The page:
Here’s Your Monday Morning Sharing Circle.
Enjoy!

 

Something I Did to Make Someone Feel Good

Objectives:

The children will:

— identify specific words and actions that create good feelings in others.
— accept credit for good and kind deeds.
— explain how acts of kindness benefit themselves and others.

Introduce the Topic:

Today’s topic is a very broad one that can be discussed in many ways. It is, “Something I Did to Make Someone Feel Good.” You see what I mean? You have probably done hundreds of things to make other people feel good. Just tell us about one.

Maybe you gave someone a flower, a present, or a compliment. Perhaps you hugged a friend who was feeling bad, or offered to relieve a parent of a chore or errand. Telling a joke can make someone feel good. So can telling a person what a good job he or she did, or saying, “I like you” or “I love you.” Describe what you said or did and how you felt inside. The topic is, “Something I Did to Make Someone Feel Good.”

Discussion Questions:

1. How do you feel when you know you’ve made someone feel good?
2. Usually, when a person feels good, everyone who comes in contact with that person benefits. Can you explain how that happens?
3. If everyone in our group tried to make one extra person feel good each day, how would our group benefit?

Do you want more information?
• Leading a Sharing Circle • Sharing Circle Rules
• Books and Resources   • Free Activities   • Subscribe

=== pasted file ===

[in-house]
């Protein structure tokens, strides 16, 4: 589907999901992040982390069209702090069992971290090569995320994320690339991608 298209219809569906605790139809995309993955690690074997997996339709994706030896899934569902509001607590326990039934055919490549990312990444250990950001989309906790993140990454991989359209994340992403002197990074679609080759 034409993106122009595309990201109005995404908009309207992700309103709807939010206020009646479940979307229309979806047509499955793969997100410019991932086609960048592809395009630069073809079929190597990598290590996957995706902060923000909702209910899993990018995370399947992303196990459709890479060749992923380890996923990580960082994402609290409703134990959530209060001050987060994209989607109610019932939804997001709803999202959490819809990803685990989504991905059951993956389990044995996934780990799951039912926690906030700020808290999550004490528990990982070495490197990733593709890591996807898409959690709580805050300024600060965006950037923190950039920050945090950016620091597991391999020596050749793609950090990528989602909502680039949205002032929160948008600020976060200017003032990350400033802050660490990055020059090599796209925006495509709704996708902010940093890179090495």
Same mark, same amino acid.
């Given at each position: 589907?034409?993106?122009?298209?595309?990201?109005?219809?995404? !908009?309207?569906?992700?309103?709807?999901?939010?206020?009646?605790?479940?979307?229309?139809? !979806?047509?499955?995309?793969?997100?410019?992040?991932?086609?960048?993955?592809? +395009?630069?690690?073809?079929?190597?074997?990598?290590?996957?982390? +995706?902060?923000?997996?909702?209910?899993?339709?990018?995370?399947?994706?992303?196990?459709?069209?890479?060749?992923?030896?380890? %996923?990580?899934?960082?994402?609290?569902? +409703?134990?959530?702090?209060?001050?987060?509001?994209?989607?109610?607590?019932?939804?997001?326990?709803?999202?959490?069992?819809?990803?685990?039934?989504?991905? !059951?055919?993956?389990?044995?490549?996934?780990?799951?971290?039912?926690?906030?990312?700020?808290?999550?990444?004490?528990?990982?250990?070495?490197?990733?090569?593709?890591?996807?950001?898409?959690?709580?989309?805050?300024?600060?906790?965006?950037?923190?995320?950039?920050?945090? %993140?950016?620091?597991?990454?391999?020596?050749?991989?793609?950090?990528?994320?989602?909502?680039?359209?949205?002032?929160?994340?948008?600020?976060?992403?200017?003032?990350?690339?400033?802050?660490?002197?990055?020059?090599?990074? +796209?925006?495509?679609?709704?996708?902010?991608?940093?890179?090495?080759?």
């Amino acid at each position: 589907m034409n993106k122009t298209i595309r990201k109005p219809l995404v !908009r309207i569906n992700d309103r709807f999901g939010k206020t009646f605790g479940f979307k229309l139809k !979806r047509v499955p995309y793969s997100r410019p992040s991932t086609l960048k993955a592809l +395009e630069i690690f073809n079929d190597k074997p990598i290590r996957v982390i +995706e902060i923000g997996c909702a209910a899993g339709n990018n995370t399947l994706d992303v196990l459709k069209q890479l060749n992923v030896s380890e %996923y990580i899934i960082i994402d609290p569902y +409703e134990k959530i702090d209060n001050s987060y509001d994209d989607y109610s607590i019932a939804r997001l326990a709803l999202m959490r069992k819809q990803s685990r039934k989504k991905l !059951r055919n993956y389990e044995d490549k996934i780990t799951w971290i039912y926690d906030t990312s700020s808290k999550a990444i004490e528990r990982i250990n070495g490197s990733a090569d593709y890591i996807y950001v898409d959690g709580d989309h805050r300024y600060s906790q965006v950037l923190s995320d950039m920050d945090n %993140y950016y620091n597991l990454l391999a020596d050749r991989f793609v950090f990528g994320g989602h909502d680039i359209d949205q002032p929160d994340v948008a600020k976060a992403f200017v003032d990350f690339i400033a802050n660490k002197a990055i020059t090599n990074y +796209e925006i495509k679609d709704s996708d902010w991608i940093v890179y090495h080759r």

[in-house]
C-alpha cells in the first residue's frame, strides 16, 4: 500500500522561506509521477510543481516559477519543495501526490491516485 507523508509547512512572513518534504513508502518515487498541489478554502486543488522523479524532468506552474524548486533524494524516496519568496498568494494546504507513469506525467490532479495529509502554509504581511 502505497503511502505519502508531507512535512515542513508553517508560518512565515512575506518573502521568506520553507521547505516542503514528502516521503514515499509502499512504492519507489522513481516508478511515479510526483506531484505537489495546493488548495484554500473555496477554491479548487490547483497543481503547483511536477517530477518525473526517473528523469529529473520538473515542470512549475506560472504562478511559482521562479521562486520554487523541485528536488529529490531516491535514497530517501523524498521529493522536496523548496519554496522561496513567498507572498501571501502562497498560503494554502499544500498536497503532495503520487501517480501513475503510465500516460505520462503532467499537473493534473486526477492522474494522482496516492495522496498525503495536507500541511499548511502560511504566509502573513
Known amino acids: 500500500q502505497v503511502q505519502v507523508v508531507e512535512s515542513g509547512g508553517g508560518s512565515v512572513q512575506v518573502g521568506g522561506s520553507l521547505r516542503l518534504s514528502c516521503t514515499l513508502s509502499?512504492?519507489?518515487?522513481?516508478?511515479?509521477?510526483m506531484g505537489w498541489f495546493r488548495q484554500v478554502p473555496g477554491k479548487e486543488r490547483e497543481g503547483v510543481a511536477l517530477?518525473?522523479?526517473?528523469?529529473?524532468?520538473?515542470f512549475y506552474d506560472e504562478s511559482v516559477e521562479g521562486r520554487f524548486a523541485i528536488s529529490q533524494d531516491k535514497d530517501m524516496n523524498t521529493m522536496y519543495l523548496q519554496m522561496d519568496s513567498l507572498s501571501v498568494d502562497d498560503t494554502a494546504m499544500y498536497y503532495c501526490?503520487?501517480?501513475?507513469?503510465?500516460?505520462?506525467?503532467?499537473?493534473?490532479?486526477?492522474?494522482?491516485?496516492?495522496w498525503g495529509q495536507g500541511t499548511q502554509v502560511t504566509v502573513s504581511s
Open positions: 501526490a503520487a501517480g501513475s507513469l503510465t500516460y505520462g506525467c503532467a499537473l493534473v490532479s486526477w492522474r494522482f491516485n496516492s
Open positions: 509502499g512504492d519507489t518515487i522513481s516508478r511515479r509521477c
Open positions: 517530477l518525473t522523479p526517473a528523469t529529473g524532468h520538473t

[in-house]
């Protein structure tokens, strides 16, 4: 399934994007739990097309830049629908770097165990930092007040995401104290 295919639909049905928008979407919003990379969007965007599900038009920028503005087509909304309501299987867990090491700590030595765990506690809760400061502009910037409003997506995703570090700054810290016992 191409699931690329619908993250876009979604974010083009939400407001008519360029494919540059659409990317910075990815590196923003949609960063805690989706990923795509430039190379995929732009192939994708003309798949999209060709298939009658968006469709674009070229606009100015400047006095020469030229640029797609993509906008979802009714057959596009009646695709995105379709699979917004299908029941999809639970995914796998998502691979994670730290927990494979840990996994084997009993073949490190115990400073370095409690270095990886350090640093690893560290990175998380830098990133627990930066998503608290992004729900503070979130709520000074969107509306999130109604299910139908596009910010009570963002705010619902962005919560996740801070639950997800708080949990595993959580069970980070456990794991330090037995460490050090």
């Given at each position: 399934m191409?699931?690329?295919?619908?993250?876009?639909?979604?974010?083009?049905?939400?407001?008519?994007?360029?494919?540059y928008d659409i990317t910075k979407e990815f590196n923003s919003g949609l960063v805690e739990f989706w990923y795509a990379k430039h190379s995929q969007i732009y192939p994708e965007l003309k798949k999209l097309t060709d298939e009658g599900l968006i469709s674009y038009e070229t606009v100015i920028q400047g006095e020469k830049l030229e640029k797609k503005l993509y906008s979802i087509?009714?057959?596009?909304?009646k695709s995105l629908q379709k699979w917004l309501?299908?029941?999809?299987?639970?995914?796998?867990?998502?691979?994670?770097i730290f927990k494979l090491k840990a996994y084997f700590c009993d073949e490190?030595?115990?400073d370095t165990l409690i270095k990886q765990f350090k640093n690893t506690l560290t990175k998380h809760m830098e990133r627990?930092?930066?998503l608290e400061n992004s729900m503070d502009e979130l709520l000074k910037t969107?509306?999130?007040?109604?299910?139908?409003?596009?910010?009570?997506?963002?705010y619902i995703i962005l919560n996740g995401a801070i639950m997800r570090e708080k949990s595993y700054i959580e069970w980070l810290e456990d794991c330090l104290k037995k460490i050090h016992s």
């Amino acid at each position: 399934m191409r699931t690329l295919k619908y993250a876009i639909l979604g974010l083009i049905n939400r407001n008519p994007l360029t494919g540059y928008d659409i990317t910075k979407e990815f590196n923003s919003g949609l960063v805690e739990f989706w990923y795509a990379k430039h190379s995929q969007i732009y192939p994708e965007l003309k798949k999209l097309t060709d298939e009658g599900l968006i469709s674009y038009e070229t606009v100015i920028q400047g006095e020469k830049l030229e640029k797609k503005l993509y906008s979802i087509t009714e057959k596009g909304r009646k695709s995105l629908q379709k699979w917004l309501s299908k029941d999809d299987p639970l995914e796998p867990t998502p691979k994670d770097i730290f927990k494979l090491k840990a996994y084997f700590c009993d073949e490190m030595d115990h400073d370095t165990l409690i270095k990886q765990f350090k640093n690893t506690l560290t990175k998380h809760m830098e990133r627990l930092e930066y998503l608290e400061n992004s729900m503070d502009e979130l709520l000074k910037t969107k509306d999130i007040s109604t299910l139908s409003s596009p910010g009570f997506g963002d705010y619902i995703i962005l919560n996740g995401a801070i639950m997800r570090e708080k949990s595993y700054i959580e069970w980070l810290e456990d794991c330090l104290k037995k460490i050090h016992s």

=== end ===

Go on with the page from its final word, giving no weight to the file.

www.InnerchoicePublishing.com

Here’s How It’s Done

Gather everyone into a circle.

Explain the rules for sharing, and get agreement from everyone that they will follow the rules.

Sharing Circle Rules:

•  Everyone gets a turn to share, including the leader.
•  You can skip your turn if you wish.
•  Listen to the person who is sharing.
•  There are no interruptions, probing, put-downs, or gossip.
•  Share the time equally.

After everyone has shared, who wants to share, ask the discussion questions.

Get more in-depth information here.

Just click HERE to open a fully reproducible PDF of this Sharing Circle activity…

If you like our blog resources and would like to receive them regularly, please subscribe here or on our website at www.InnerchoicePublishing.com

Thanks so much for reading!

Susanna

PS: If a friend forwarded this to you, you can just sign up to get your own weekly Innerchoice Counselor Activity Blog.

Games Children Should Play

What’s Happening:

All Ages